Go to Image -> Adjustments -> Black & White... or jast press Alt+Shift+Ctrl+B for the White & Black dialog window. At the top, the dialog window has Preset combo box, where you can choose different color filters:


So which color filter is best? This depends on the goal of the mage, but in general: one can increase contrast in a given region by choosing a filter color which is complimentary to that region's color. In other words, we want to choose a filter whose color is on the opposite side of the color wheel to the image's color:
color wheel
color.jpg (4.74 KiB) Viewed 26929 times

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Color Filters

Postby Creator » Thu Mar 25, 2010, 13:30

The color filter could be a very good base for the new Black & White procedure. Let's continue this titorial with the following example.
1. Open the "rice-field" photo (from the previous post).
2. Go to Image -> Adjustments -> Black & White... or jast press Alt+Shift+Ctrl+B. The White & Black dialog window appears.
3. From the "Preset" combo box chose the "Red Filter".
4. Uncheck the "Preserve Luminosity" check box.
5. Move the "Greens" slider left to the position "-15 %". The "Preset" combo box should automatically swich to "Custom".
6. Move the "Blues" slider right to the position "40 %".
7. Press "OK" button.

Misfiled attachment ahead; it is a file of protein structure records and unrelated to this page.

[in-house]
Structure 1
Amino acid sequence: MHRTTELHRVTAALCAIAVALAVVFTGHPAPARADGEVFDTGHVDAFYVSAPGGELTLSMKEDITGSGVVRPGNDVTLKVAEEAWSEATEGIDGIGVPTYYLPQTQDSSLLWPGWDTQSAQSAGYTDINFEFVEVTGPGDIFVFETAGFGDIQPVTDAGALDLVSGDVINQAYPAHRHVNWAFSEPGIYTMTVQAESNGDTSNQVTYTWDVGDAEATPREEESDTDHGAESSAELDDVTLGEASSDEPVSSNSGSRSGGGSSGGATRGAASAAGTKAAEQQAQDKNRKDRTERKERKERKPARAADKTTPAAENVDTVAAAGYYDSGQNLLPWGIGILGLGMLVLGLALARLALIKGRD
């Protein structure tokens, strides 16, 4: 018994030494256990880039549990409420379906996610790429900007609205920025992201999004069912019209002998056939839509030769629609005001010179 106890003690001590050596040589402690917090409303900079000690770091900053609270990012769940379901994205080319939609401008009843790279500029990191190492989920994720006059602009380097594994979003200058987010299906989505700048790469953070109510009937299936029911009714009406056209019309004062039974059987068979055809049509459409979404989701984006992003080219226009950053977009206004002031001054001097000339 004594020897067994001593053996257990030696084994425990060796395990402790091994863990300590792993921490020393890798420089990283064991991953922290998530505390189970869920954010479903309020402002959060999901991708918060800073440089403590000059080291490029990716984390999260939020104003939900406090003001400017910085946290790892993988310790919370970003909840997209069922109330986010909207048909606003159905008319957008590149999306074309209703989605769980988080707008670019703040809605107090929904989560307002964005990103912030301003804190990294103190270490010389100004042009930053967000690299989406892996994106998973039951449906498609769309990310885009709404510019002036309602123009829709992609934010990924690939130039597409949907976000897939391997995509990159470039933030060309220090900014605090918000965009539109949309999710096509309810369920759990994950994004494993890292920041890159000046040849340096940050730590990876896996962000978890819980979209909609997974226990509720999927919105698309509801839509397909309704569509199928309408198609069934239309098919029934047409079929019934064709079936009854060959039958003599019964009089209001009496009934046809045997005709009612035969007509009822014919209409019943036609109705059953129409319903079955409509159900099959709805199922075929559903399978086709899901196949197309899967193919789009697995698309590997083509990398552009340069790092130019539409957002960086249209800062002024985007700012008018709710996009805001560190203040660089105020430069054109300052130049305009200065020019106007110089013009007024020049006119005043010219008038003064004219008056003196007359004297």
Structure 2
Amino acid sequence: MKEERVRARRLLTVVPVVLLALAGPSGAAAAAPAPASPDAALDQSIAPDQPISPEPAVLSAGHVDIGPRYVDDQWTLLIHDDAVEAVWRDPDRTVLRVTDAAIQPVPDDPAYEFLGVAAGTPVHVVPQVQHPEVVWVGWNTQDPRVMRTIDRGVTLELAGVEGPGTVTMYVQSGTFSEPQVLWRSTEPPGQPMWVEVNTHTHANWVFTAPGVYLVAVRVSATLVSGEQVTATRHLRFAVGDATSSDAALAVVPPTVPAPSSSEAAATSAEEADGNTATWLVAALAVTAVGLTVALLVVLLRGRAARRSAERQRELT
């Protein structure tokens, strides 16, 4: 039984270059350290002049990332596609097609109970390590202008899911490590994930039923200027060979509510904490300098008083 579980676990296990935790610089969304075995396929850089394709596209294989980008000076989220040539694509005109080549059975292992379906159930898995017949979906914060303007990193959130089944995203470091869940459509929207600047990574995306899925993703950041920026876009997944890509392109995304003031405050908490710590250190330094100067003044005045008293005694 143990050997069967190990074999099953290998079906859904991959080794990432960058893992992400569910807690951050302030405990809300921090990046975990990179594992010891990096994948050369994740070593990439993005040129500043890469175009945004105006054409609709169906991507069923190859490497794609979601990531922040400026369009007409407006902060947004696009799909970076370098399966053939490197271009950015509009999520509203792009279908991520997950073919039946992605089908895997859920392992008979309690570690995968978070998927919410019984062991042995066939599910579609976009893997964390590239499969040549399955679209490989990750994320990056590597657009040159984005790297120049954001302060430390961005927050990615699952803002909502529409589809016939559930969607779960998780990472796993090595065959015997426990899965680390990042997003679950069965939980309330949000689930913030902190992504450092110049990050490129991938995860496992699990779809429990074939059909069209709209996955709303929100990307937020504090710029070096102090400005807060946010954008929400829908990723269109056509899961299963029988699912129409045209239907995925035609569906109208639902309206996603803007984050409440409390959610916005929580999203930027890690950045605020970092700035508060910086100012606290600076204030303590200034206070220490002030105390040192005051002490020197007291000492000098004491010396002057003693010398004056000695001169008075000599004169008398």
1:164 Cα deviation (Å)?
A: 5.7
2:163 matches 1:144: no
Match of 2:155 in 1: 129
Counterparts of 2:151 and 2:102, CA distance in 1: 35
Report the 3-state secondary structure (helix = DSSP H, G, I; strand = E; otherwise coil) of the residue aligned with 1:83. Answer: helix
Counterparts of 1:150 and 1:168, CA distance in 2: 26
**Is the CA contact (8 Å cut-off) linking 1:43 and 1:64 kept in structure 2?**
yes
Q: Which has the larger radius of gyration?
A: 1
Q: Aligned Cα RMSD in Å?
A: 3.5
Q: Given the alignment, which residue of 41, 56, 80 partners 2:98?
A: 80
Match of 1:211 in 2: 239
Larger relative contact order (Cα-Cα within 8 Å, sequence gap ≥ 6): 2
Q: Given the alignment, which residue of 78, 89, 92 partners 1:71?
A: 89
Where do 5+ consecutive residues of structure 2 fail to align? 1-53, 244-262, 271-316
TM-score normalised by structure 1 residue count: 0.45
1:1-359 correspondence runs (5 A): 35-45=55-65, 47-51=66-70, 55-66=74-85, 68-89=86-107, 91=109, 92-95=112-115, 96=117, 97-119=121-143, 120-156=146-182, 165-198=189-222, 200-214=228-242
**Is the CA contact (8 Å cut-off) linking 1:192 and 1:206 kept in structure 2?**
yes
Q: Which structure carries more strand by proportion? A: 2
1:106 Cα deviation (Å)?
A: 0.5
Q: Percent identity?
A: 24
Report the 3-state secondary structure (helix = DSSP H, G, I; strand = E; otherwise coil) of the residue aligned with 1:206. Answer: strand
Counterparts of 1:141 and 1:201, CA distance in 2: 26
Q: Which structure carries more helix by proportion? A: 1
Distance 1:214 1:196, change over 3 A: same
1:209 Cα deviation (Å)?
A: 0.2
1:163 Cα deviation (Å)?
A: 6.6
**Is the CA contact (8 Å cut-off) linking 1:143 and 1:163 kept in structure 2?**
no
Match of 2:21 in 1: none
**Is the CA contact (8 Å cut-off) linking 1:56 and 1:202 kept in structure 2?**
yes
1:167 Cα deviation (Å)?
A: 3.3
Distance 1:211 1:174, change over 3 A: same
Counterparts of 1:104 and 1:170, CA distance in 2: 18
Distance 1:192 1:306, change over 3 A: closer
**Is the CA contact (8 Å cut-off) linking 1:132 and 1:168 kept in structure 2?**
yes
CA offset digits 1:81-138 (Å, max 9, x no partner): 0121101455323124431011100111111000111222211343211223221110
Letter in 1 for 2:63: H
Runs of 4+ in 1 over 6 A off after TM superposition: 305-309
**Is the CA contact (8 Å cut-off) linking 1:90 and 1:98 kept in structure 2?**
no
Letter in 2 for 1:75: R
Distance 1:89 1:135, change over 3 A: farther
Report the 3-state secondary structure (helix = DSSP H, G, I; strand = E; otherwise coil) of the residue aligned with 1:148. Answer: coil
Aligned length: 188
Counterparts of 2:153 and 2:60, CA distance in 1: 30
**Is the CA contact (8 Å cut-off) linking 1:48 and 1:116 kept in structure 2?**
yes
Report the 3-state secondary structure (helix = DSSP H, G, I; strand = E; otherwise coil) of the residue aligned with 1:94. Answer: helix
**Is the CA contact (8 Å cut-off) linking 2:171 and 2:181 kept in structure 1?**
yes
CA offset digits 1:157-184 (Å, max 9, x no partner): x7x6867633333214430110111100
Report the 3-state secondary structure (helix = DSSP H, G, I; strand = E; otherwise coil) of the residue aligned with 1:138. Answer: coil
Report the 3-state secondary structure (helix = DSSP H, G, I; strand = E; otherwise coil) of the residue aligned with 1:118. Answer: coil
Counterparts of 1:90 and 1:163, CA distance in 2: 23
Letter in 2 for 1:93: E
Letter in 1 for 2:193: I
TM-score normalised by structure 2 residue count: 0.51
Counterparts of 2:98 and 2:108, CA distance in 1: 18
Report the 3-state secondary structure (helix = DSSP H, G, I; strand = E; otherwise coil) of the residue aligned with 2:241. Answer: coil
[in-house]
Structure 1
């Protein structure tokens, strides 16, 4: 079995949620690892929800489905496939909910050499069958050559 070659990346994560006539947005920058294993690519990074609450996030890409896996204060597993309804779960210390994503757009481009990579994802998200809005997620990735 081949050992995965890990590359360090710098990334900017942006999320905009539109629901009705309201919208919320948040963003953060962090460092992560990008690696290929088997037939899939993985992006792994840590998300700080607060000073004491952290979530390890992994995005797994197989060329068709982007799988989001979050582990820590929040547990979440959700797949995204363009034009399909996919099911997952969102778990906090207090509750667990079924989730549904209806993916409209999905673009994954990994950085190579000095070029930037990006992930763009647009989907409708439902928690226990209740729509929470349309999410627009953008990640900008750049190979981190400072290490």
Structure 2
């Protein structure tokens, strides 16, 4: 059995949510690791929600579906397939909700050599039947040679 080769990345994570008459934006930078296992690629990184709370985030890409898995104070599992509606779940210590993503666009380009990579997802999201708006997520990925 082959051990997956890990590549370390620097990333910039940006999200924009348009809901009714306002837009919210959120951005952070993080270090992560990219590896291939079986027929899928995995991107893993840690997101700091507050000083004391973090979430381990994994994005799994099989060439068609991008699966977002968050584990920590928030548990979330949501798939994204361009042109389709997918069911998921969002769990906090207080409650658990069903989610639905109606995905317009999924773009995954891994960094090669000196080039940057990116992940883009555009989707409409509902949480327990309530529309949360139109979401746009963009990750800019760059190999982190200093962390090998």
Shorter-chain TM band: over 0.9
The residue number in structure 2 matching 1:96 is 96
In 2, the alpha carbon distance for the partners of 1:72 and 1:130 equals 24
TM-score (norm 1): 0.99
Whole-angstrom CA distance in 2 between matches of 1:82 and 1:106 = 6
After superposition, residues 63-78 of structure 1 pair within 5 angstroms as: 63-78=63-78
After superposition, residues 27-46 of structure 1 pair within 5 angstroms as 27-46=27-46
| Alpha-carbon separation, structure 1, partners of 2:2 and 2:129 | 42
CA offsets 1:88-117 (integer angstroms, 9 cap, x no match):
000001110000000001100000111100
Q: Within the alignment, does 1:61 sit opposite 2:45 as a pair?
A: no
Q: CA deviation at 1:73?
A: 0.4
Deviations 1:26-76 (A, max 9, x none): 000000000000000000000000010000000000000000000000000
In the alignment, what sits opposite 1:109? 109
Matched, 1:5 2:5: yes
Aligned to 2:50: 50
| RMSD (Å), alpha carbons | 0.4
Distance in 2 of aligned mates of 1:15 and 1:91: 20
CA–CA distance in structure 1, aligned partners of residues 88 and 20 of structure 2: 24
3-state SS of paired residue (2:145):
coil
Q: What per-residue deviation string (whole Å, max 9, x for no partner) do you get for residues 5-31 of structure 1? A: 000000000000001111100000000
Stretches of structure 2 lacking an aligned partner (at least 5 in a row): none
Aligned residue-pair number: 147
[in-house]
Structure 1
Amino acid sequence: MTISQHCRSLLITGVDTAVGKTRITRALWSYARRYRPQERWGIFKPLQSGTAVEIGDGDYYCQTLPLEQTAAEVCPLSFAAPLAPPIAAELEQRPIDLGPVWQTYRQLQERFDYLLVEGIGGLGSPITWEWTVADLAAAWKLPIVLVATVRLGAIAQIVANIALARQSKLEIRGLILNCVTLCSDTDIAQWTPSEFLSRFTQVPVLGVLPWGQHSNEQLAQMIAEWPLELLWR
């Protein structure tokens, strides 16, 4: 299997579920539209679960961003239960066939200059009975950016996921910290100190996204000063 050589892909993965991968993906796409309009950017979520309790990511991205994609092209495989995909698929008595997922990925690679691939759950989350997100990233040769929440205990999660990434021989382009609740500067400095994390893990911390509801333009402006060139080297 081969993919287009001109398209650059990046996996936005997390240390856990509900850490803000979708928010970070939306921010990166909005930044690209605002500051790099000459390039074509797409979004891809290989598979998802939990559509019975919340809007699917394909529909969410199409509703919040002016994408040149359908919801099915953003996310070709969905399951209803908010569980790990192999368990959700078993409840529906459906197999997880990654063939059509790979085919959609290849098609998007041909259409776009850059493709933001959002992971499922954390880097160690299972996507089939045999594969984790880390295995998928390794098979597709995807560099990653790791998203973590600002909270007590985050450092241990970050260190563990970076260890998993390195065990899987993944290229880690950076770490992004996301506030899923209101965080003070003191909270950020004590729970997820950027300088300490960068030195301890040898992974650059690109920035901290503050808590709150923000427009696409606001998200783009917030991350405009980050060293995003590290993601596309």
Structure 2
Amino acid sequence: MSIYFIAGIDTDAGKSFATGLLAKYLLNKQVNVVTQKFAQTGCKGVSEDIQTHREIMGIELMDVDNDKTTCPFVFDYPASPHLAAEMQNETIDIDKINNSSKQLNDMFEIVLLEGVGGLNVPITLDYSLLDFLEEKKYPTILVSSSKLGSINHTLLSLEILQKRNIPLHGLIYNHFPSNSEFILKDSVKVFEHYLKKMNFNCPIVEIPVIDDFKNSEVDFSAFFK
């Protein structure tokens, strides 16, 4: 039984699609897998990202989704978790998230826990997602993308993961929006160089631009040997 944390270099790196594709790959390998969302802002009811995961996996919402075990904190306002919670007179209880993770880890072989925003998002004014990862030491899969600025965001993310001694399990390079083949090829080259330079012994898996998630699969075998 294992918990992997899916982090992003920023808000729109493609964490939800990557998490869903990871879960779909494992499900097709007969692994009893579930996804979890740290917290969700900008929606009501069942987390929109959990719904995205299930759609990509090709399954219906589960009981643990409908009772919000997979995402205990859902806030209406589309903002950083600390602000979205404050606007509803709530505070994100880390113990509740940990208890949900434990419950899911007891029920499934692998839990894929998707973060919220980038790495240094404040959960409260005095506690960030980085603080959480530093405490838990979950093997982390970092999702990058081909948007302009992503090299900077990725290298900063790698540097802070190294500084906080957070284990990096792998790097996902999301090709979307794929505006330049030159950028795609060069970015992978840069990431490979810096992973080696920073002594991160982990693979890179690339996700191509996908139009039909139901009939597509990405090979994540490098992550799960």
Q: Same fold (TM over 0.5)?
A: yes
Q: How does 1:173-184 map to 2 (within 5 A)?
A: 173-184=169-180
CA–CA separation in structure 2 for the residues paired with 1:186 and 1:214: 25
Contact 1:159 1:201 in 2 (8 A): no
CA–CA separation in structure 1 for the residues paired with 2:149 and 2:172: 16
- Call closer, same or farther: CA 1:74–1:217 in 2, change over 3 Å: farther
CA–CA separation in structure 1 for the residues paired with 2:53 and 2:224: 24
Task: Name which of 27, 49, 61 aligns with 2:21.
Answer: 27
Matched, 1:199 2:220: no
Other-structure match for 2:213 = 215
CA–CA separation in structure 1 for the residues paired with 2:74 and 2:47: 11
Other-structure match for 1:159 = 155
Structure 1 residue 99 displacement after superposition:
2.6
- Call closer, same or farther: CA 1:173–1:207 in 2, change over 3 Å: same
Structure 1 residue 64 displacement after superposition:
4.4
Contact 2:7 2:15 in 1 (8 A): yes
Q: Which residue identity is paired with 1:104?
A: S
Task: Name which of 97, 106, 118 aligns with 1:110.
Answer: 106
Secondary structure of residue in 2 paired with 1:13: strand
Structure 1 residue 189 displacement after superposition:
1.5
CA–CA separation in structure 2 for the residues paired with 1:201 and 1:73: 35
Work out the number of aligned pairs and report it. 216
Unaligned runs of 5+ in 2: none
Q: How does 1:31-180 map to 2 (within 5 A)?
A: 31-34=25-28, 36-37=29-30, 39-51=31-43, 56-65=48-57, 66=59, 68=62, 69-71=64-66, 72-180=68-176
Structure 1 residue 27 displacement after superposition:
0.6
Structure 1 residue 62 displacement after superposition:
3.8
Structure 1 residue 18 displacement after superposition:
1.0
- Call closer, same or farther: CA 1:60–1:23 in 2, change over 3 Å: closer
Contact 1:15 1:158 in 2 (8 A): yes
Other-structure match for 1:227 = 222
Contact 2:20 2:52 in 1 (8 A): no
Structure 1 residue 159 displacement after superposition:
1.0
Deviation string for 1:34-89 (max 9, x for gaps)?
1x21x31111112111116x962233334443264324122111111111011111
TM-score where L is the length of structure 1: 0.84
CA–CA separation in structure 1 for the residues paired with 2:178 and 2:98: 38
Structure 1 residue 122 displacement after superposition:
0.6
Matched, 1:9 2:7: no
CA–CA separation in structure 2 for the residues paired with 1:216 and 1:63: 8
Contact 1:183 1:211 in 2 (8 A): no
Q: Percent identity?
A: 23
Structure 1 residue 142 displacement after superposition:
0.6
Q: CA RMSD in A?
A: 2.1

BandW.jpg (16.17 KiB) Viewed 26926 times

rice-field _ filtered.jpg
Resulting Image

Please compare to simple desaturated image:
Desaturated Image

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Some Theoretical Background

Postby Creator » Mon Mar 29, 2010, 19:53

There is a big difference between Desaturation and Black and White filtering. Both of them produce a grayscades image, but the algorithms are quite different. When we deal with color images, each color is defined by tree components: Red (R), Green (G) and Blue (B) (RGB model). According to this model, each color is defined by tree numbers from 0 till 255 (in byte coding), for example, red color = (255, 0, 0), yellow = (255, 255, 0) (combination of red and green), white = (255, 255, 255) and black = (0, 0, 0). After filtering we get only only one grey comonent - C, which is a combination of color components: C = func(R, G, B).
Black ans white filtering uses the linear combibation of all the color channels: C = a*R + b*G + c*B. If the "Preserve luminocity is switched ON, then the equality a + b + c = 1 is kept. IBy default C = (R + G + B) / 3. Desaturaton uses other algorithm: C = (MAX(R,G,B) + MIN(R,G,B)) / 2. It means that with desaturation, for eample, red and yellow colors will be represented by the same greyvalue. Indeed, C(255, 0, 0) = (MAX(255,0,0) + MIN(255,0,0)) / 2. = (255 + 0) / 2 = 127; C(255, 255, 0) = (MAX(255,255,0) + MIN(255,255,0)) / 2. = (255 + 0) / 2 = 127. With Black and White we get different result: C(255, 0, 0) = (255 + 0 + 0) / 3 = 255 / 3 = 85; C(255, 255, 0) = (255 + 255 + 0) / 3 = 450 / 3 = 150. That's why you can create additional contrast, using Black and White filter.
Let us consider an example:


Black & White-ed